Thursday, March 16, 2006

So Much Better Than Tuesday

Today I repeated Tuesday's workout on the river trail in Calais. Basically, the workout calls for 1 hour "high aerobic" or in Lydiard terms, 1/2 effort. This translates into MP for me or around 80% maxHR.

Ever since I switched to doing the time guides instead of the mileage guides from Lydiard's books, my body hasn't been breaking down (as often). For example, Lydiard's 1/2 effort runs call for 10-12 miles or about an hour. Well, for me, 10 miles will take me a little longer than an hour at 1/2 effort. I found that trying to follow the mileage guidelines too closely resulted in over exhaustion. Now, by running by the time guidelines (and they remain *guidelines* of course), I found that I am starting to succeed at keeping my pace at good aerobic efforts. As Lydiard Mike mentioned, I had a real struggle last December when the mileage got too high. The pace per mile was so bad I was barely moving and each successive run took even longer! What misery, I hate to think back on it.

So today I ran for an hour at high aerobic pace without the benefit of a stopwatch as I had left it home. I did have the HR monitor but that only records the time when I finish. And since it was chilly today (32F w/north wind/spitting snow) the monitor was covered by my mitten so I didn't bother checking it. I ran by feel which is something I wanted to graduate to at some point anyway. The result: 9 miles in 1:00:30 - average 82% maxHR. Slightly faster than MP I think, but a good solid "high aerobic" run. Add 1.8 miles at recovery pace for the warmup/cooldown and I got in 10.8 during my "lunch hour".

This morning I got in 3 miles with 1 mile total striding telephone pole to telephone pole. I shuffled the first mile then did the T-pole strides over the next 1/2 mile, recovered, again 1/2 mile, and finished with another recovery. 26:19. These shake out runs in the morning do wonders for me. Loosen up the legs and get me set for the core workout later on.

Unfortunately, tomorrow is Friday. This means an early wake up to do 2 hours of low aerobic running. 2 hours is a little long to get away with during my "lunch hour" so I am forced to watch the sun rise. Bonking is an issue on these runs because there's the war between sleeping to the last minute or getting up for toast and tea prior to the workout. Sleep usually wins causing bonks after 90 minutes. But if I get up too early, I pay later. In Lydiard's schedule, this run would the 18 miler. However, my low aerobic pace nets me just under 15 miles for these buggers. I usually grant myself a low, really low, aerobic pace - especially in the beginning! But if I feel well enough, I'll increase the pace as the workout wears on hoping the average will come up over 70% by the end (and perhaps snag an extra mile).

This also means my shake out run will be during lunch. I'll probably shuffle down the street tomorrow or go out to the Moosehorn for 30 minutes. The river trail is pretty mucky just now (it's a walking path along the St. Croix River - 1.5 miles long). It's nice in the summer as the surface is smooth and easy on the feet. No hills so you can get the aerobic workout in without stressing the muscles too much. But now with the rain and thaw, some places are just so muddy I lose a little time hot footing it around puddles and mudholes.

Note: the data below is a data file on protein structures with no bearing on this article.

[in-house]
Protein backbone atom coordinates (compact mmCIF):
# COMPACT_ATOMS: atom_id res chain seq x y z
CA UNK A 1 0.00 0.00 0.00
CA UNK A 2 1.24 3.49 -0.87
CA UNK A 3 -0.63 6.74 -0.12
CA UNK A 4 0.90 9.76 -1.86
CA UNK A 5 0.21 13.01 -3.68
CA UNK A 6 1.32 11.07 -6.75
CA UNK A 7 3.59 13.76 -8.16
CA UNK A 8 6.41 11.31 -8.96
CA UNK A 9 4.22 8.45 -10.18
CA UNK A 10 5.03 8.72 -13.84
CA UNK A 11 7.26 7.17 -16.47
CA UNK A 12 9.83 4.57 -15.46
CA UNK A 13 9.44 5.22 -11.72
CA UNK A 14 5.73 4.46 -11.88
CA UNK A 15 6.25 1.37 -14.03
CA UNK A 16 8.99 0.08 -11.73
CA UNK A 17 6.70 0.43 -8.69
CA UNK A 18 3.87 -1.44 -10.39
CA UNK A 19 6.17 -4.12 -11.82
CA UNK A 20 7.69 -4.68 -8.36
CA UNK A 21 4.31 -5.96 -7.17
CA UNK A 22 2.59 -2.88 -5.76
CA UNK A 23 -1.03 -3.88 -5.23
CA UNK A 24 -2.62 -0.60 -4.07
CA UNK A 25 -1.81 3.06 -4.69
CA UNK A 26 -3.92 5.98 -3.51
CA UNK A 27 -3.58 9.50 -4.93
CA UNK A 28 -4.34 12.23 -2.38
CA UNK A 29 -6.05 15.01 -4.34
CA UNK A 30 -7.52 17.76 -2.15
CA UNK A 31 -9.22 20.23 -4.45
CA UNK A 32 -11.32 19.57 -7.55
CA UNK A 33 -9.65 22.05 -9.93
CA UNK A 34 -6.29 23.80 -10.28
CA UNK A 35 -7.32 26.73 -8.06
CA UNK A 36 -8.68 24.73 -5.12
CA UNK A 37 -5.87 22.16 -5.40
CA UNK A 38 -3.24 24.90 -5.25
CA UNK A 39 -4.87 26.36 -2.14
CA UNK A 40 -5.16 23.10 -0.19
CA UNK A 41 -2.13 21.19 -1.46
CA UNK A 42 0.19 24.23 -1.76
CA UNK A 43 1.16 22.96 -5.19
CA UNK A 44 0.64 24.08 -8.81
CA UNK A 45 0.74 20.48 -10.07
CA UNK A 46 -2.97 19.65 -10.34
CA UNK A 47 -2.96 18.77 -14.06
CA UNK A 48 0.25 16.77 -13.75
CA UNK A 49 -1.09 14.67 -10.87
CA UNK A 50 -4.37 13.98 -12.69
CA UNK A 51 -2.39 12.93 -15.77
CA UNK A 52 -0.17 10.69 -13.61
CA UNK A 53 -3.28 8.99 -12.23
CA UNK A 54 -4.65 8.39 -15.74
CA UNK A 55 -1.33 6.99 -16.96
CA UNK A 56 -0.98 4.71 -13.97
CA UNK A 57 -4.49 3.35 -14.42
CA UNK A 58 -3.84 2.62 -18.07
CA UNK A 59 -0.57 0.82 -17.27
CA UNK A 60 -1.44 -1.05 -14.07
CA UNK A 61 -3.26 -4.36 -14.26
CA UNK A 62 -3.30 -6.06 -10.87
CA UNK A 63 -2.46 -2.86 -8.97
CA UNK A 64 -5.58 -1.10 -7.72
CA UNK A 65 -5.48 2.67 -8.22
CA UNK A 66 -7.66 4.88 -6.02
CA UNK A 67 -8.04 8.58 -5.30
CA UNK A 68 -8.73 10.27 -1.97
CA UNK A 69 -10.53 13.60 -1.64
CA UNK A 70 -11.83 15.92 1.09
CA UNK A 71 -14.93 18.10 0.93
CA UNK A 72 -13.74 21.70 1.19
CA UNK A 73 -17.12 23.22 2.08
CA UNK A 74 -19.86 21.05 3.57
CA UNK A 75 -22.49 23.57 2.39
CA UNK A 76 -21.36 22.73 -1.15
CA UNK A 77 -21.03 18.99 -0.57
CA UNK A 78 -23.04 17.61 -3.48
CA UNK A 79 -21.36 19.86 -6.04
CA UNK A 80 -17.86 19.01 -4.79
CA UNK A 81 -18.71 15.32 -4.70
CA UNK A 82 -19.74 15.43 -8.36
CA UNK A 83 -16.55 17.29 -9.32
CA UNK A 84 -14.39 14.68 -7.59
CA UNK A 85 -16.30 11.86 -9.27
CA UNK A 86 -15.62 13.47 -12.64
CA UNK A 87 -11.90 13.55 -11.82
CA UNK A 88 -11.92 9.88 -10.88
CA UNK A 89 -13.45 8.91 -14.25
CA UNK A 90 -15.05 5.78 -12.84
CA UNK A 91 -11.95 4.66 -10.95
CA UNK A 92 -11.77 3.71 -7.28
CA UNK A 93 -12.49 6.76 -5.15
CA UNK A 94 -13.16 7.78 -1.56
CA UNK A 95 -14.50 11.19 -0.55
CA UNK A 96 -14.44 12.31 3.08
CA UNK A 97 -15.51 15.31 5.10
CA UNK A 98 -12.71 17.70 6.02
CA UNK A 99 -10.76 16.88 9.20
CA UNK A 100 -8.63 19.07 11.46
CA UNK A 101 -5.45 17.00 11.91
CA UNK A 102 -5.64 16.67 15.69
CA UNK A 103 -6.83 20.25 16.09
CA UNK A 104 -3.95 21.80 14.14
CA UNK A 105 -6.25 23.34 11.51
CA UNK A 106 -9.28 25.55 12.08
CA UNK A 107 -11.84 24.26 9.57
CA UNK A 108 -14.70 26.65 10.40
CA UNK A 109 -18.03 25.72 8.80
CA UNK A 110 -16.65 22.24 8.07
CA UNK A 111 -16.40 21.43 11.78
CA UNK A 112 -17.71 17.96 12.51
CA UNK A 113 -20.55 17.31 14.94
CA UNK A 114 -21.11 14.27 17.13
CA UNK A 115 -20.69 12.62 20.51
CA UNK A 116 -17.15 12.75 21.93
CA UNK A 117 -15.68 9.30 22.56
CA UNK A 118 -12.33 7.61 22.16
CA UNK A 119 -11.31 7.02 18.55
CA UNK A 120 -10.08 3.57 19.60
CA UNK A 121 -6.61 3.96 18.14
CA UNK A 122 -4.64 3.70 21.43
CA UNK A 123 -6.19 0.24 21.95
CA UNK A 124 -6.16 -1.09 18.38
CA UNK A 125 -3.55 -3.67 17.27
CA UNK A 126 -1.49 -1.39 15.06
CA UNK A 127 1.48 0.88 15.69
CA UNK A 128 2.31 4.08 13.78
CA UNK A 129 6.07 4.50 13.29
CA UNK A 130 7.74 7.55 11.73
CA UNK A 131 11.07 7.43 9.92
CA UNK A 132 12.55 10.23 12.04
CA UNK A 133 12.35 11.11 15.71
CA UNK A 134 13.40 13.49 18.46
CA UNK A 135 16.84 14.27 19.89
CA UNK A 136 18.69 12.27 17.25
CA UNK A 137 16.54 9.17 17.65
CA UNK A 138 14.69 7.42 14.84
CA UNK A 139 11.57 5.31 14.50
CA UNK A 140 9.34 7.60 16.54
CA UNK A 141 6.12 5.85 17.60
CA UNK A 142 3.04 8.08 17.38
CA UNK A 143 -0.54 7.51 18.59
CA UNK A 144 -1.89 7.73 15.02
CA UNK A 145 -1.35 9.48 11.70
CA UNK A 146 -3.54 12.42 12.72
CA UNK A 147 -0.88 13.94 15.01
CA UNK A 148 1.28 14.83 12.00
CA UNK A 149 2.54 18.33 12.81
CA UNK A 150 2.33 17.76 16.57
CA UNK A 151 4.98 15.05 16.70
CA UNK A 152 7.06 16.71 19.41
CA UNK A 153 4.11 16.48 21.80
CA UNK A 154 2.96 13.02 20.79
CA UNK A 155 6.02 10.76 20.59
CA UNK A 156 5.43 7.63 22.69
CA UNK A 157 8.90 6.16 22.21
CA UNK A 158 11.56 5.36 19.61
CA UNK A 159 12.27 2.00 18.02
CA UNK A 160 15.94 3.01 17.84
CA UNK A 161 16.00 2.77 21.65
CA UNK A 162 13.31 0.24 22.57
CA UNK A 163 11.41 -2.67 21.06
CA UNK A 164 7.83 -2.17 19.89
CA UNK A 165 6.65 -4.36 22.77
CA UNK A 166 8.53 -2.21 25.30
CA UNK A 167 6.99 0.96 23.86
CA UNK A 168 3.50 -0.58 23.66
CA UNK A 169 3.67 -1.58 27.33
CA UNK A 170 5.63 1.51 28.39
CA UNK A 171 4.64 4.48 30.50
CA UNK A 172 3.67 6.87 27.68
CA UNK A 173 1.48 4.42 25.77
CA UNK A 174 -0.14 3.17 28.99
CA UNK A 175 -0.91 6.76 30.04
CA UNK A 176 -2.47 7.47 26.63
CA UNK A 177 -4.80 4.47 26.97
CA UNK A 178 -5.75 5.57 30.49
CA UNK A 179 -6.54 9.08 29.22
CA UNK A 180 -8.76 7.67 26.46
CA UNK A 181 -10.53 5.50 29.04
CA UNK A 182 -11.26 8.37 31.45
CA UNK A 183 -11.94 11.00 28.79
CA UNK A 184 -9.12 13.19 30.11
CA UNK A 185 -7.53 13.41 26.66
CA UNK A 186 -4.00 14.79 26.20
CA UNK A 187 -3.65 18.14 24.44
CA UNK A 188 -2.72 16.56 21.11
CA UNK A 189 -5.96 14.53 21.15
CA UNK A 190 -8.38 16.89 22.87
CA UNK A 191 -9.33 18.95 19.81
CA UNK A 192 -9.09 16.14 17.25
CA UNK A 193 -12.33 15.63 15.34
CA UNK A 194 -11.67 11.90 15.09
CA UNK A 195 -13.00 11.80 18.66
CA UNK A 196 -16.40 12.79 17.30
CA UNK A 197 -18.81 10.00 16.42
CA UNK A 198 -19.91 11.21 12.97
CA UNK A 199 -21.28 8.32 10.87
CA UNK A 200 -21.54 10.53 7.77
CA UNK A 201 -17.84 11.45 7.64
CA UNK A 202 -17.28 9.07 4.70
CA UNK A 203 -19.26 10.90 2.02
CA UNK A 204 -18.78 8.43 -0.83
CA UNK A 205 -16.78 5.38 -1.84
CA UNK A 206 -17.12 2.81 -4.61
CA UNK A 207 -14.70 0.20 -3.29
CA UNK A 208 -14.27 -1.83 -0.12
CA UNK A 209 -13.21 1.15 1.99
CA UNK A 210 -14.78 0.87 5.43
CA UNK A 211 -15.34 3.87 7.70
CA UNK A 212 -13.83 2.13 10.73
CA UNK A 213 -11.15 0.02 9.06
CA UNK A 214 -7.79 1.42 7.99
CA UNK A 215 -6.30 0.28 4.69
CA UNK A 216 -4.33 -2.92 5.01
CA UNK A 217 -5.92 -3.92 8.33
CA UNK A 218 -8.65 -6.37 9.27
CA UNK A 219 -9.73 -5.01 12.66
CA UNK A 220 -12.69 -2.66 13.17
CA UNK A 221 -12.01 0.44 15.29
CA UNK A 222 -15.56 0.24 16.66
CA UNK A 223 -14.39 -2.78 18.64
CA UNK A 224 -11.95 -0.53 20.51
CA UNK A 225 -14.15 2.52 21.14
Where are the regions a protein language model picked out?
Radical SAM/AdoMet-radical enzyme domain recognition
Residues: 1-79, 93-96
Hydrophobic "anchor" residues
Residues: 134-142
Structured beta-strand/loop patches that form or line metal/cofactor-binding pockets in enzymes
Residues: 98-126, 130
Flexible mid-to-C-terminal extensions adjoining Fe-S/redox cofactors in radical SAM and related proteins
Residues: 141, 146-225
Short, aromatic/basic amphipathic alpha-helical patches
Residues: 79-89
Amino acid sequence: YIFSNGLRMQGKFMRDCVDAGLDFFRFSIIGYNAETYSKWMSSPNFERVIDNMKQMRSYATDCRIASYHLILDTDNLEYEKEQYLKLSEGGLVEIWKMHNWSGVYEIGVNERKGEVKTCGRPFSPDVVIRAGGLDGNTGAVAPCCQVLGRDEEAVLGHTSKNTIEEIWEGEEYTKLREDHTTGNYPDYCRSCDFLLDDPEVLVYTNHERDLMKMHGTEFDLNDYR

I do three "laps" (or out & back's) on this trail to get my 9 miles on high aerobic days. Not too many people out walking just now but in the summer you end up whizzing by lots of folks. The only soul out there these days is the Border Patrol agent walking the beat (the St. Croix is the international border). I whiz by him and we always exchange a small bit of conversation each time I go by - which is about 3 times. By the end of a week we'll have finished one topic and begin on another for the next week. In order to get more conversation in, we'll have to begin shouting to one another once in view. But until then we must be satisfied with the tiny snippets of information we pass along.

In addition to my personal Border Patrol agent guarding my safety during my run, the State Police also keep an out for me. The Troop's satellite office is along this path. Just the other day, a detective, who happens to be one of my clients, picked up the phone to call me when I buzzed his window trying to hold down a 7:00 pace in the rain. Later on he told me he said to another trooper, "Well, looks like I won't be getting a hold of him just now."

Training so far this week: 83.3 miles.


Blogger Mike said...

I seem to remember how much you enjoyed your 18 milers from some older posts. Maybe 12-15 isn't so bad. I've pretty much traded mine for 16 milers. I can't help but think working in more of the marathon pace runs will really pay big dividends later. Good luck on the long run, hope it went better than mine!

3/17/2006 5:07 PM  

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